This document is a bill of sale for “Margaret,” a 13-year-old girl, sold by John Sharp of Columbia, S.C. to James Walker of Bryan. She was said to be β€œfree of all vices and maladies.” Margaret was sold in New Orleans, most likely a meeting point for both slave owners. She was purchased as β€œa slave for life.” Currently, volunteers from The Church of Jesus Christ of Latter-day Saints are trying to trace her genealogy to hopefully find her descendants.

Courtesy of the Carnegie History Center

1854: Bill of sale in the State of Louisiana for "Margaret", a 13 year old slave girl sold to James Walker of Bryan, Texas.
1854: Second page of bill of sale in the State of Louisiana for "Margaret", a 13 year old slave girl sold to James Walker of Bryan, Texas.

Harvey Mitchell’s Last Will and Testament

July 6, 1899
The State of Texas
Brazos County

I, Harvey Mitchell, of the state and county aforesaid, being of sound, disposing mind and memory, do hereby make and ordain this my last will and testament, hereby revoking all others I may have heretofore made.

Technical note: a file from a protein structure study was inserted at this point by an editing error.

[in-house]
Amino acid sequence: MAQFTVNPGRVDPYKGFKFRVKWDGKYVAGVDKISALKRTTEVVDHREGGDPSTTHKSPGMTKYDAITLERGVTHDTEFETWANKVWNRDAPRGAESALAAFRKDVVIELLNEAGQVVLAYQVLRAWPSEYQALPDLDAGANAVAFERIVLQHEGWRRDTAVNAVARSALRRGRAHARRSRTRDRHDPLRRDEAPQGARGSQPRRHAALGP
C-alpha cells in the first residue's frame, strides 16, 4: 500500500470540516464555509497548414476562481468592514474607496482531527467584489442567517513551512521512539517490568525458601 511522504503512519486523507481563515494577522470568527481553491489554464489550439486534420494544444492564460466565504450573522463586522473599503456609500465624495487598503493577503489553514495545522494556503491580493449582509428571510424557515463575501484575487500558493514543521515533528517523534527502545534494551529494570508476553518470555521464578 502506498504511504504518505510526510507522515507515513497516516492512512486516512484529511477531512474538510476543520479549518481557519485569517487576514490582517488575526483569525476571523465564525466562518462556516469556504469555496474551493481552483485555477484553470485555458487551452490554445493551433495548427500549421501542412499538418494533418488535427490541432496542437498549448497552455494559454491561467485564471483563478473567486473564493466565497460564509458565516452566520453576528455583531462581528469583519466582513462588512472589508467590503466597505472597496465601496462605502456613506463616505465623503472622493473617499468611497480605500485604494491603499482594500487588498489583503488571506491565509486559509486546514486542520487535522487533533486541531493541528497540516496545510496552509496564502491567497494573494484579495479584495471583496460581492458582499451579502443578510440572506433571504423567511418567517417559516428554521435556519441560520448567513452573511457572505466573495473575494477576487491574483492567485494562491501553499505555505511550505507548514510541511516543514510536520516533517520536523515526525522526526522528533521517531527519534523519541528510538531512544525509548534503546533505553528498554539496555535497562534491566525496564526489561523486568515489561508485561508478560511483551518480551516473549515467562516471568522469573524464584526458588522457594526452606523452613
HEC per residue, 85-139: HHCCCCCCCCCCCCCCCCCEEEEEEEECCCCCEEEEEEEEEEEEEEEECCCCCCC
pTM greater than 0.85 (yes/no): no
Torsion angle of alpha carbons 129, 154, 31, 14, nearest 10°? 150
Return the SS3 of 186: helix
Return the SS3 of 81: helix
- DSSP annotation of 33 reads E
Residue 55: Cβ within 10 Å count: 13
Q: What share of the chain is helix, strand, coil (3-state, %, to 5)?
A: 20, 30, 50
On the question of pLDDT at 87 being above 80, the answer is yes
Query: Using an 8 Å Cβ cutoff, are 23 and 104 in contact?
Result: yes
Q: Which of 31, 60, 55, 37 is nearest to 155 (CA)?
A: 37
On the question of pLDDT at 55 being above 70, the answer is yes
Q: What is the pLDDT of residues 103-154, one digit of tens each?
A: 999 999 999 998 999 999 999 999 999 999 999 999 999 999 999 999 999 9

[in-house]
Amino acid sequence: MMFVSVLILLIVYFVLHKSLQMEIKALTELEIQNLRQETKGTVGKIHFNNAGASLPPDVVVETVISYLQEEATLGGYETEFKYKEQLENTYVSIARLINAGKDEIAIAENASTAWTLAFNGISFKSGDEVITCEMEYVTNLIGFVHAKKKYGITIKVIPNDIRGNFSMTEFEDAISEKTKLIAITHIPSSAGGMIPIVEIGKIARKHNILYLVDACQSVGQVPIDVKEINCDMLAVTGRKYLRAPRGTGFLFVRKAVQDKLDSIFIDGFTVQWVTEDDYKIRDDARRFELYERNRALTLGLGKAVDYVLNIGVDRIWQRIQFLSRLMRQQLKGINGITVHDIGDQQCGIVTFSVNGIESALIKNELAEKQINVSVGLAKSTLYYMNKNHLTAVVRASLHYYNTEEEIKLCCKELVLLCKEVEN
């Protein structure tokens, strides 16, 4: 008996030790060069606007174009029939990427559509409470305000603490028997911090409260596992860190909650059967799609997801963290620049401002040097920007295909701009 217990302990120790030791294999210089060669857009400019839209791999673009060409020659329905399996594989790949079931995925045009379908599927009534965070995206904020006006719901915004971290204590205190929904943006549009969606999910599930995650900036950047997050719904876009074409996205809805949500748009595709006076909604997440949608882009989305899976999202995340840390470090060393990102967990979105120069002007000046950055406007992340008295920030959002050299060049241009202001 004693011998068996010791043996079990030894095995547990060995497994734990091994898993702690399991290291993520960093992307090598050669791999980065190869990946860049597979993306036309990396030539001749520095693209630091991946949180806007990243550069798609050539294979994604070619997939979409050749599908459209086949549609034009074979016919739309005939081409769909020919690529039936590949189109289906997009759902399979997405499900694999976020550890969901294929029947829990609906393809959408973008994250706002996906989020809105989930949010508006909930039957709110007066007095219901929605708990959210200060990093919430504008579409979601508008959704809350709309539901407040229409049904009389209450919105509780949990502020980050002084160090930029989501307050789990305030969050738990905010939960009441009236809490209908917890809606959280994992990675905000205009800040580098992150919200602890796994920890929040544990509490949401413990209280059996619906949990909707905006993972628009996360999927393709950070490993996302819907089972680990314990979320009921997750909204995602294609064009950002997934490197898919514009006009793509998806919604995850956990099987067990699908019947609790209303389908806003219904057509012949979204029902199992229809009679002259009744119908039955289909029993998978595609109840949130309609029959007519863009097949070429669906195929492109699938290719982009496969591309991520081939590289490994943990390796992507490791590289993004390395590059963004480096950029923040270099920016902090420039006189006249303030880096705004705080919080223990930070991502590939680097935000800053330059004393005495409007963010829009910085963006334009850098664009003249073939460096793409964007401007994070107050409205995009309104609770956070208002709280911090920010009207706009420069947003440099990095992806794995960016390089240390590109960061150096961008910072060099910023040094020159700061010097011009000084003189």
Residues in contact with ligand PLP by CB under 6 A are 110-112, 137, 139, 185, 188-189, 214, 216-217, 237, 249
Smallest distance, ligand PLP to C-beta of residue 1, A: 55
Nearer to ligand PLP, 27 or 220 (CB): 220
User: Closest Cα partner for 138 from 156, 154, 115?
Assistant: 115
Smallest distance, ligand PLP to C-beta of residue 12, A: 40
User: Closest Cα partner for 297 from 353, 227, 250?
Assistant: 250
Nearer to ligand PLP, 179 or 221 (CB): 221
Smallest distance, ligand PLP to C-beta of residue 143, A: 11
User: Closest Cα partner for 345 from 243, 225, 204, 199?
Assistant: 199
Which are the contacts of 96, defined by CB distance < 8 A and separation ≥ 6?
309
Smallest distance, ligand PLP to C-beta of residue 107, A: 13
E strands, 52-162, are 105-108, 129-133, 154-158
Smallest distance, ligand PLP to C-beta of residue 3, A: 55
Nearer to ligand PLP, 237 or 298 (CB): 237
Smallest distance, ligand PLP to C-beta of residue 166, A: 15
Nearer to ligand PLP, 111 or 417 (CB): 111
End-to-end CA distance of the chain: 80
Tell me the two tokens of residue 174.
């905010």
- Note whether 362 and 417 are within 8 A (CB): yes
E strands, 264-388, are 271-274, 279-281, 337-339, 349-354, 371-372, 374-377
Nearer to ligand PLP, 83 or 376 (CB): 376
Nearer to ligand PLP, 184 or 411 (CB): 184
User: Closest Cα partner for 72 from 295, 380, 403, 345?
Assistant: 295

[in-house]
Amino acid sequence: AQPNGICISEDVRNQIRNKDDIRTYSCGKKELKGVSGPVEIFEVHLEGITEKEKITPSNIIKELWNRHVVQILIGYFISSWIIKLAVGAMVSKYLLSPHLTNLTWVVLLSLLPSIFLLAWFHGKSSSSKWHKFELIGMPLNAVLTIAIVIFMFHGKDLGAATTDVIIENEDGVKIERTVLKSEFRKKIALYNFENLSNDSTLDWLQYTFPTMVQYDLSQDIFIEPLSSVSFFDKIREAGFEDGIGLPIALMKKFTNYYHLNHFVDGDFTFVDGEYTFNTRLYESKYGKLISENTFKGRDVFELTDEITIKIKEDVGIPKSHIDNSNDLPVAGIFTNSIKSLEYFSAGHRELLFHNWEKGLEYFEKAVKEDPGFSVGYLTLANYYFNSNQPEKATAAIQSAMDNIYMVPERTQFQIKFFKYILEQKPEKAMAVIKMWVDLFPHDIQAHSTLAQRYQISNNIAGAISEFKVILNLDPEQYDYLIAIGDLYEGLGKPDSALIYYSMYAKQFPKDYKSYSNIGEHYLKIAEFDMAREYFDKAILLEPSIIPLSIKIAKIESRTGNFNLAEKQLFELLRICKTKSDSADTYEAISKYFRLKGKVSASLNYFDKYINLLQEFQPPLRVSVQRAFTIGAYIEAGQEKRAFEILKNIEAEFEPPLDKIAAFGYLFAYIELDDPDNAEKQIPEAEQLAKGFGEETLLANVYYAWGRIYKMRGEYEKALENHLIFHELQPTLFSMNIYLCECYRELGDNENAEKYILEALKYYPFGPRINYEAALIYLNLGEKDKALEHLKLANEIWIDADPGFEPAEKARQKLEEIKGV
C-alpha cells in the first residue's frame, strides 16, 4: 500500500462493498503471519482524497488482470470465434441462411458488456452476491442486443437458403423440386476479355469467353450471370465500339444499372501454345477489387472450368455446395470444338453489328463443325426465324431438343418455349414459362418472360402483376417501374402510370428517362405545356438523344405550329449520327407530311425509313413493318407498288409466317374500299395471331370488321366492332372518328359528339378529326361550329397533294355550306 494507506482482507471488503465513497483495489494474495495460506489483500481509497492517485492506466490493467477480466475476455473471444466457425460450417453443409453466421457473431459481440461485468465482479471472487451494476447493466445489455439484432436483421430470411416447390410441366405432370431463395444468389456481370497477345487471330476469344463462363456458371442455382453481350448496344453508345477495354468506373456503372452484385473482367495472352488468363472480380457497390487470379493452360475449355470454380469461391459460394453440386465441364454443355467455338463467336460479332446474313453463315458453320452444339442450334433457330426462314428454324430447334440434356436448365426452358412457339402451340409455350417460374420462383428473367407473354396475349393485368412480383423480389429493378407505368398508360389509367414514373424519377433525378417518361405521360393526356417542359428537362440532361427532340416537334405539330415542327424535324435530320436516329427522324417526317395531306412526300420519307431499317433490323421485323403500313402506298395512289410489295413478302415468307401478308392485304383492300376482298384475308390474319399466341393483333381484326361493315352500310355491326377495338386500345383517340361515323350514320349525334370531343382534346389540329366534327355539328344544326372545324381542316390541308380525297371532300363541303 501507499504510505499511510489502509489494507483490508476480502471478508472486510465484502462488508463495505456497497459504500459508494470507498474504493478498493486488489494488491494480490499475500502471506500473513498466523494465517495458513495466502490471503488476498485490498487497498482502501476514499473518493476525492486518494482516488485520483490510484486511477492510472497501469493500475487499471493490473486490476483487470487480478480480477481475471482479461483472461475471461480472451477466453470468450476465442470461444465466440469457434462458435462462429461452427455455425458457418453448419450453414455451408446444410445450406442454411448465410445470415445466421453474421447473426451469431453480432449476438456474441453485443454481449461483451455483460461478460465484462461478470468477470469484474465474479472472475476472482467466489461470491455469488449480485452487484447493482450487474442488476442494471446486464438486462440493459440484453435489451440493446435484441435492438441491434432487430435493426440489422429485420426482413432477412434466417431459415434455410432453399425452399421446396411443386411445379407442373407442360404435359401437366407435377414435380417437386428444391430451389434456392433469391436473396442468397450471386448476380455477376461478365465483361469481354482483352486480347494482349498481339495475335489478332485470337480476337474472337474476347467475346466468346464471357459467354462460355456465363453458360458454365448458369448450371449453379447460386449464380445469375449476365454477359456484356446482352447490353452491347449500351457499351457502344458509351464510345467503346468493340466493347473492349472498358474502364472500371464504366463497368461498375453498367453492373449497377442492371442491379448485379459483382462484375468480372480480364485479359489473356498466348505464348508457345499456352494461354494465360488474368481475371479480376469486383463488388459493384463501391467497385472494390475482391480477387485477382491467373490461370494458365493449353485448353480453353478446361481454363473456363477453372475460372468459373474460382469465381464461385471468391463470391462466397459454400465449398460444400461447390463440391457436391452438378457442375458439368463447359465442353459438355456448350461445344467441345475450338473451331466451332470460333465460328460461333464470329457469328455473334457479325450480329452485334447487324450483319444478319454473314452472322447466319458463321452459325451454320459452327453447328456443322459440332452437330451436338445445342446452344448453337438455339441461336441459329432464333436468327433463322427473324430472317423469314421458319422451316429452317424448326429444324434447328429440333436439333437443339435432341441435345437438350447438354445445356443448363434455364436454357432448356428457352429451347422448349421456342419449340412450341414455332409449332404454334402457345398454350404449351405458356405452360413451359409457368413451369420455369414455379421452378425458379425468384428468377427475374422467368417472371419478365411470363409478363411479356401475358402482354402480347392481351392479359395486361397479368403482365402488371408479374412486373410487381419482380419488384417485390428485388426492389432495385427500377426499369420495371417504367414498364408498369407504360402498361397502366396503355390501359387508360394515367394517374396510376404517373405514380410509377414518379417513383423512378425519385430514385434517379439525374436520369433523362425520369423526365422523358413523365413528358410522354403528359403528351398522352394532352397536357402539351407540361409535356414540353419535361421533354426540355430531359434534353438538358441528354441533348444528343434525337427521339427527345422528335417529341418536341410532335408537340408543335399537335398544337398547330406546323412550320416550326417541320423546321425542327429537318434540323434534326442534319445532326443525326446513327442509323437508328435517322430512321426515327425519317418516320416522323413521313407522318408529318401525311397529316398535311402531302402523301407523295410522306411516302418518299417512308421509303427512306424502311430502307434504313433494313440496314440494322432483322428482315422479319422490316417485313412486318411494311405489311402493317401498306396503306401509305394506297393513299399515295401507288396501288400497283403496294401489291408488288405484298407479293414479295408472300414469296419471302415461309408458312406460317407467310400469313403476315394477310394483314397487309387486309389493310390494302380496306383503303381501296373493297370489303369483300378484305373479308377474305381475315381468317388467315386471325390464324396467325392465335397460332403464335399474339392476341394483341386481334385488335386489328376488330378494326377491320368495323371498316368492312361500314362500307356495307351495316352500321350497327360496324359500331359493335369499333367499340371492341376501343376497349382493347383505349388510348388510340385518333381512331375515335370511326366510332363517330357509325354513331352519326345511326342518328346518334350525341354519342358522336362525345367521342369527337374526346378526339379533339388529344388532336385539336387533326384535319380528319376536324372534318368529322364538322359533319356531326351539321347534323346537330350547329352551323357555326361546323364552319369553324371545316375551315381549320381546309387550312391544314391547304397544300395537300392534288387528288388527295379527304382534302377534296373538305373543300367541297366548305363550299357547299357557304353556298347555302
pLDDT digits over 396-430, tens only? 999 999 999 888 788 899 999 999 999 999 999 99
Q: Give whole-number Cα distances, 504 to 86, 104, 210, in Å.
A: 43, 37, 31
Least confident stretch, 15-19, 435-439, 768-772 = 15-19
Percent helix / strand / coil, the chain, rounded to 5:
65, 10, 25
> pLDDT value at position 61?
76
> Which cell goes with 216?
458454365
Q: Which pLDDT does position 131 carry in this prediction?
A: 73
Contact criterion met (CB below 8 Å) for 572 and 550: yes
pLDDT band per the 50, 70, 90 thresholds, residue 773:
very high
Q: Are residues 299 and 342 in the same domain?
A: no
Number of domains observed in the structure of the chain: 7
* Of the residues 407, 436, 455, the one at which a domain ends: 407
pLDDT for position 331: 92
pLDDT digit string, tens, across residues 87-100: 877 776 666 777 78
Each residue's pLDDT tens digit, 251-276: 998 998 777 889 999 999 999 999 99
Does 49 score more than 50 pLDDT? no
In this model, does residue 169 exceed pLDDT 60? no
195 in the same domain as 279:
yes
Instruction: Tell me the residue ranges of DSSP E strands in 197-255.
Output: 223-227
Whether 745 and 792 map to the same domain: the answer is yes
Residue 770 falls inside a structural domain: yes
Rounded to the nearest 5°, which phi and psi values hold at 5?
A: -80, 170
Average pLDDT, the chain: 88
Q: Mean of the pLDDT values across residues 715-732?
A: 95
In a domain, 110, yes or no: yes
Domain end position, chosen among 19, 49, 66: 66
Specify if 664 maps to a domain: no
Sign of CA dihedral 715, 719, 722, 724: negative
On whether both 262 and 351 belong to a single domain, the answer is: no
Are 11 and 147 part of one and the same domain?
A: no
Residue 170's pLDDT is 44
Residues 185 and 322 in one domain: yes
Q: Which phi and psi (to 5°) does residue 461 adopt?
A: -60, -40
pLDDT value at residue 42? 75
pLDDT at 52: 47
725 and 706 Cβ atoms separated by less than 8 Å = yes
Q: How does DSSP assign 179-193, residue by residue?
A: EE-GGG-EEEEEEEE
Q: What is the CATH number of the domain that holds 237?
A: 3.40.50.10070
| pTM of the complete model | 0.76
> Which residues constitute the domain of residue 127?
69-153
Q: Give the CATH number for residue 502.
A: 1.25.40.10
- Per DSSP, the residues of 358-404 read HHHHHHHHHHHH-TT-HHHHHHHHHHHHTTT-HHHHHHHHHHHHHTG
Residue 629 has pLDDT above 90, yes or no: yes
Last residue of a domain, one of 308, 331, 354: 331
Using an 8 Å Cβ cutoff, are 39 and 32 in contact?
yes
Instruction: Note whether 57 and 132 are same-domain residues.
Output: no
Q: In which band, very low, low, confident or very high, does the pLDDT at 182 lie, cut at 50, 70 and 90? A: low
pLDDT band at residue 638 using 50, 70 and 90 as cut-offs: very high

1st.       It is my desire that my executor, herein after named, shall pay all my just debts that I may owe at the date of my death, including expenses of last sickness and funeral and for that purpose, my said executor is hereby fully authorized to sell, at public or private sale and make legal, conveyance thereof, any property I may own at my death, either for cash or on time as he may deem best for the interest of my estate (save and except my residence, Lots 9 & 10 in Block 22 in the City of Bryan in Brazos County, Texas and my American Encyclopedia).

2nd.      After all my debts are so paid I give and bequeath to my son Jeff P. Mitchell one dollar and no more, he having already received from me a larger portion of my estate than any other of my children can obtain of the remainder thereof, and the remainder of my estate I bequeath to my four children, Jennie Weddington and Alice Dean of Bryan, Fannie B. Nash of Waco and James E. Mitchell of Ft. Worth, Texas, to be equally divided among them if living at the date of my death, and if dead, then to their offspring, and should it not be practicable to divide my estate into four equal shares in kind then some portion thereof to be sold and the shares equalized with the proceeds of said sale, so that all four shares may be equal in value.